What The Dallas Observer Needs to look for in the next music Editor- someone who hates Austin by @ryanmega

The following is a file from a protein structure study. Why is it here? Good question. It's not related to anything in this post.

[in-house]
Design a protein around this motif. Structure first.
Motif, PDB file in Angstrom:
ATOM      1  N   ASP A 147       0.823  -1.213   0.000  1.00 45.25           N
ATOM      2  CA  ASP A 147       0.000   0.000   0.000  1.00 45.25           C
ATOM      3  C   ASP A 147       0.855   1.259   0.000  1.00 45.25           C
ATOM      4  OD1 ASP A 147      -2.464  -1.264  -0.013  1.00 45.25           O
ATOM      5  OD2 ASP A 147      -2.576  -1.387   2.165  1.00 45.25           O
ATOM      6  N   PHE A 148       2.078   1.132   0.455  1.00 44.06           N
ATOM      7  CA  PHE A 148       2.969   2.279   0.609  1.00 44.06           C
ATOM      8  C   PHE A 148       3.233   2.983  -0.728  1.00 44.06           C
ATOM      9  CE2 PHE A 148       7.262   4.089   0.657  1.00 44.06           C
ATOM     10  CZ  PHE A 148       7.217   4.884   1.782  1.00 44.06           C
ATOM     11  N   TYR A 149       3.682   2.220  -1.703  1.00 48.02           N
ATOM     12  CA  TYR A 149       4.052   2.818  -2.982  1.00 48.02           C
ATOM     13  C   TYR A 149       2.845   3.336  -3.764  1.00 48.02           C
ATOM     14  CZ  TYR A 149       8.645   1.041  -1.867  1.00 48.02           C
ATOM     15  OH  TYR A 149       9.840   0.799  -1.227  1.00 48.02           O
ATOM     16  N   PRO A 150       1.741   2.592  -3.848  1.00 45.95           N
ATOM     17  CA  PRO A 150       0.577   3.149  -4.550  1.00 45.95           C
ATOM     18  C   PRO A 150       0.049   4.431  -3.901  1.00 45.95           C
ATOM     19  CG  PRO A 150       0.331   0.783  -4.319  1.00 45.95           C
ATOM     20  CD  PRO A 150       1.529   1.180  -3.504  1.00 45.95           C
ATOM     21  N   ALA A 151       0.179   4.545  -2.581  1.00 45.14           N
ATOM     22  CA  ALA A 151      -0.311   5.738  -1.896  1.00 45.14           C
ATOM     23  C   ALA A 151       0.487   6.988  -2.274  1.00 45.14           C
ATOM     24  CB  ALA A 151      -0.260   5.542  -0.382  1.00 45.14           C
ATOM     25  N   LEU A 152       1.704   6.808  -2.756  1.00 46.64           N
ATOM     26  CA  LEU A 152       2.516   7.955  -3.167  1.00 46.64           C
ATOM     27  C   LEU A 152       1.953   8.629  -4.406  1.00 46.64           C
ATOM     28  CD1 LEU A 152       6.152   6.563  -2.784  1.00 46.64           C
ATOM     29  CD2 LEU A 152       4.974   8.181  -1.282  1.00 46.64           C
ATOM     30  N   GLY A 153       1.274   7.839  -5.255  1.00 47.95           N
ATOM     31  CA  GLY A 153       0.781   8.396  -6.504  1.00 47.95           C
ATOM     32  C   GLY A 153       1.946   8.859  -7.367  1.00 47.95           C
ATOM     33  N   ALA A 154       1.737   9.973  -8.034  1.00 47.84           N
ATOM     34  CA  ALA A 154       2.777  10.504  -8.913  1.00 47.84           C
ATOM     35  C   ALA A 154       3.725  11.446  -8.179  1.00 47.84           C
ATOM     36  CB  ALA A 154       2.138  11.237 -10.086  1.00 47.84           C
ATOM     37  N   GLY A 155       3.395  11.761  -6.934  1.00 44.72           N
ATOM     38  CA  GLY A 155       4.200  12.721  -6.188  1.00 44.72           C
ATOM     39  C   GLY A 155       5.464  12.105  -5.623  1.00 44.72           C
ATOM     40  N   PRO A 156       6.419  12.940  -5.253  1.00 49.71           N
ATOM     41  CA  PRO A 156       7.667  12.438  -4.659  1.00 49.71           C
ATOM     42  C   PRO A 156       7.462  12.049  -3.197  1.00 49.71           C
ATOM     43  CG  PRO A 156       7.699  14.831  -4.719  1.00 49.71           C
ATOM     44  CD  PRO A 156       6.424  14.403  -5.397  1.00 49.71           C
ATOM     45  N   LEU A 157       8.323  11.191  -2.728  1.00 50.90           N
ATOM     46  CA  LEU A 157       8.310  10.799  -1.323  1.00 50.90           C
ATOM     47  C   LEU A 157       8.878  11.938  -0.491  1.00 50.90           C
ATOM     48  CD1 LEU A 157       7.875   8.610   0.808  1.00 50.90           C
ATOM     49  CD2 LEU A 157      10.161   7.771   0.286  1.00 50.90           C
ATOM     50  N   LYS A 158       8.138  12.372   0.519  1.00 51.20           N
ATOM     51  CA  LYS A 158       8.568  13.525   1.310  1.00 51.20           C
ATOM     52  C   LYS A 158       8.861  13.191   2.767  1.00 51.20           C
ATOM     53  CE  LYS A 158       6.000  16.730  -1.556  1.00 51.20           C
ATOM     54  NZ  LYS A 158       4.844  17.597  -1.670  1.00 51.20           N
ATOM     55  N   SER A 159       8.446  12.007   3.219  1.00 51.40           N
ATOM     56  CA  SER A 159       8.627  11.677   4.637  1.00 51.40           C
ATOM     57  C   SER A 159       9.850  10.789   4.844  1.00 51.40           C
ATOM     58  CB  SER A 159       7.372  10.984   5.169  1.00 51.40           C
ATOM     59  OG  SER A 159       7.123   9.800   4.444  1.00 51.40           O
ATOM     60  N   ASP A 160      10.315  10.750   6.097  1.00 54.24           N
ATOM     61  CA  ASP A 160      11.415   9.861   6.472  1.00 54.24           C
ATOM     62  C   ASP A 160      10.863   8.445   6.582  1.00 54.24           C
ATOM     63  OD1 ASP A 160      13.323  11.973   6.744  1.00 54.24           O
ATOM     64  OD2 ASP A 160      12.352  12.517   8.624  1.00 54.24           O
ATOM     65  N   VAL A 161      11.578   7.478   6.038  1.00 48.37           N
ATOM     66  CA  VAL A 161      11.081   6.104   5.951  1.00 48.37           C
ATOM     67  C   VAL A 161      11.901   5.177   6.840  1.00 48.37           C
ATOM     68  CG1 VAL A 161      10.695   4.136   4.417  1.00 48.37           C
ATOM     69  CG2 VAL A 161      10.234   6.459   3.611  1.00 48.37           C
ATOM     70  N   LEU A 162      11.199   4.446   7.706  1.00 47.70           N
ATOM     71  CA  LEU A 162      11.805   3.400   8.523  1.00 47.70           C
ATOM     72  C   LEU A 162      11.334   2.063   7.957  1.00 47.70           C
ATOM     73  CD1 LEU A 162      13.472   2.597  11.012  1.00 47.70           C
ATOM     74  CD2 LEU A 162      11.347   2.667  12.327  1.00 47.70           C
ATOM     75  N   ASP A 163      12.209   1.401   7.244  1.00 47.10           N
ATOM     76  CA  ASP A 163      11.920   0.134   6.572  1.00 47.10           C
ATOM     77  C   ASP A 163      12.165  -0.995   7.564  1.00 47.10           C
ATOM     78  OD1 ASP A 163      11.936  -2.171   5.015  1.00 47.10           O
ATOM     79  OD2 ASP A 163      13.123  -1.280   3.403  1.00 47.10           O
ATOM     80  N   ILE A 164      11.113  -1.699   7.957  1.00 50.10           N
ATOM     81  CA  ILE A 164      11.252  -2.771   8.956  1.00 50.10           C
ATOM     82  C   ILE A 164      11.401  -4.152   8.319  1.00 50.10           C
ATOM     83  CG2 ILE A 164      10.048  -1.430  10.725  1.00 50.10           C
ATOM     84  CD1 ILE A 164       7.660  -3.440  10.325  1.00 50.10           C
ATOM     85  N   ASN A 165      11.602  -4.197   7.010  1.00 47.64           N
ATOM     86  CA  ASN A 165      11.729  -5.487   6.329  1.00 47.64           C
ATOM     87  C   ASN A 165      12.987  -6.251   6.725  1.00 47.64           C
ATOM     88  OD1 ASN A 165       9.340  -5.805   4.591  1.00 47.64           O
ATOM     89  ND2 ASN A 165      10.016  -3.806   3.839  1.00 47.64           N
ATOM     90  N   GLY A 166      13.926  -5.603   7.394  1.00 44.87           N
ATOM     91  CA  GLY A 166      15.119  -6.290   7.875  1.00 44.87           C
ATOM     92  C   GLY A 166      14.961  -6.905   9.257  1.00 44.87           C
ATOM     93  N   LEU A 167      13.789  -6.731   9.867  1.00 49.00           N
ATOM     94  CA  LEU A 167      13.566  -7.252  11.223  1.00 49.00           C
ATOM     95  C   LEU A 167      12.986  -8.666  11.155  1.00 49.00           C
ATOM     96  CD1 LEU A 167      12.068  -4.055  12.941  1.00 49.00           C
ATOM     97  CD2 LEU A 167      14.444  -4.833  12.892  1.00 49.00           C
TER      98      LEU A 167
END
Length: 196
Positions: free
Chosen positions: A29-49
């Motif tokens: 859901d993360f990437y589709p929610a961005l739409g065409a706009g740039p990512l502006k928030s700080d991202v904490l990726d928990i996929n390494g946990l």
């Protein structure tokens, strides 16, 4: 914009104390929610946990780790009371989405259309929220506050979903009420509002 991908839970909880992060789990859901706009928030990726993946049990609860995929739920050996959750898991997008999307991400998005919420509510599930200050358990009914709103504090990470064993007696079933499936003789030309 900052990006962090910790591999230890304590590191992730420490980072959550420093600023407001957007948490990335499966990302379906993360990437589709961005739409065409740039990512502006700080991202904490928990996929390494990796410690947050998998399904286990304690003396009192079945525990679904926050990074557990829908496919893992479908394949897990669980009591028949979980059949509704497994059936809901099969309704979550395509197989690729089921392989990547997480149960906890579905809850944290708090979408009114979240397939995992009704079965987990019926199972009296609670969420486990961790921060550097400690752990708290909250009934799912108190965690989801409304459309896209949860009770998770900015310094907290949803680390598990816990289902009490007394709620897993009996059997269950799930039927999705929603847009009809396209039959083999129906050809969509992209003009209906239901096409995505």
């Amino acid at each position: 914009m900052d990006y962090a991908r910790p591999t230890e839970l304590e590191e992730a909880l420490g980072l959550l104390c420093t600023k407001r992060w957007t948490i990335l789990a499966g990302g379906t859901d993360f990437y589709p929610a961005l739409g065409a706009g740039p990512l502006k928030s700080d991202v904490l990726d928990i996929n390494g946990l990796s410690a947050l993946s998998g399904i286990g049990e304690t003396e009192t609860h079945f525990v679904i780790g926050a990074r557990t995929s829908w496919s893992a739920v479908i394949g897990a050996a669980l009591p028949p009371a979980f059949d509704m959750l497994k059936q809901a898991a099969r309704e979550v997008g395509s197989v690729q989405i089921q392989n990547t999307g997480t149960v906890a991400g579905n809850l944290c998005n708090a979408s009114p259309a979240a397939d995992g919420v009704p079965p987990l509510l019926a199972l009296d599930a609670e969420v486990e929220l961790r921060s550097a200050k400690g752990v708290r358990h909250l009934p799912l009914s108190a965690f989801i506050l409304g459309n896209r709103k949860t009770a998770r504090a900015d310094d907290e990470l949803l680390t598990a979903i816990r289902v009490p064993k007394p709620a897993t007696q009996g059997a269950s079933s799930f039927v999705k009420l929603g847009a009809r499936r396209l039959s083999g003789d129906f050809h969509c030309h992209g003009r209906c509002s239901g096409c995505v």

I wish I had the resume to be considered for the position. Unfortunately, I’m not a professional writer and though I consider myself a worthy critic, I have to preface this post this way because no matter how critical I am of the weekly, they are still a necessity and if I wasn’t banking 40+ hours already, I might risk being rejected to throw my hat in the ring. Instead, I’ll throw my hate. Yes, the Dallas Observer sucks these days. Their staff seems to be more uptown douche then downtown owl, but other than a handful of passing bys and fucking a few of their staff writers here and there, I don’t think I really know anyone at the paper, especially anyone with any editorial power, so please take anything I say at face value- I’m just a reader and former fan. I don’t know their motivation and though it seems like sometimes they operate on payola, acting tit for tat in their coverage of local artists, I have no evidence nor any first hand conversations to validate this suspicion. In the end, its a business, and I do know that some things, some ads, some event promotions, are done for the sake of the business. When weekly papers fold left and right, it damn well better be about the bottom line, everyday. But many things that could have been done to help progress the local music scene and (still make money) are not being done. While Austin gets all of the shine as a platform for groundbreaking new artists and festivals, artistic creation, and independent thought, Dallas is still seen as the pretentious prick capital of Texas and the region- and if you regularly looked into the voice of our village, the Dallas Observer, it would be hard to argue against it, with their lists of places to eat and drink and buy fashion (usually in fake ass Uptown or Bishop Arts District right?). The music section should balance this. Instead of a Village Voice imprint that speaks for and supports the local underdog, like the Nashville Scene for example, we have a promotional tool for living in excess, a paper that survives on a great investigative journalism team and corrupt Dallas officials providing constant fodder. But the music section- it just bites ass and that sucks because I am huge fan of the local music scene. You know what I use the Observer for- checking out happy hour specials. That’s why I have their happy hour application iframed into my site- for people who don’t want to load up any of the other bullshit they are pushing. Its not a paper for the people and this is why you can’t expect much support for local music from the Observer.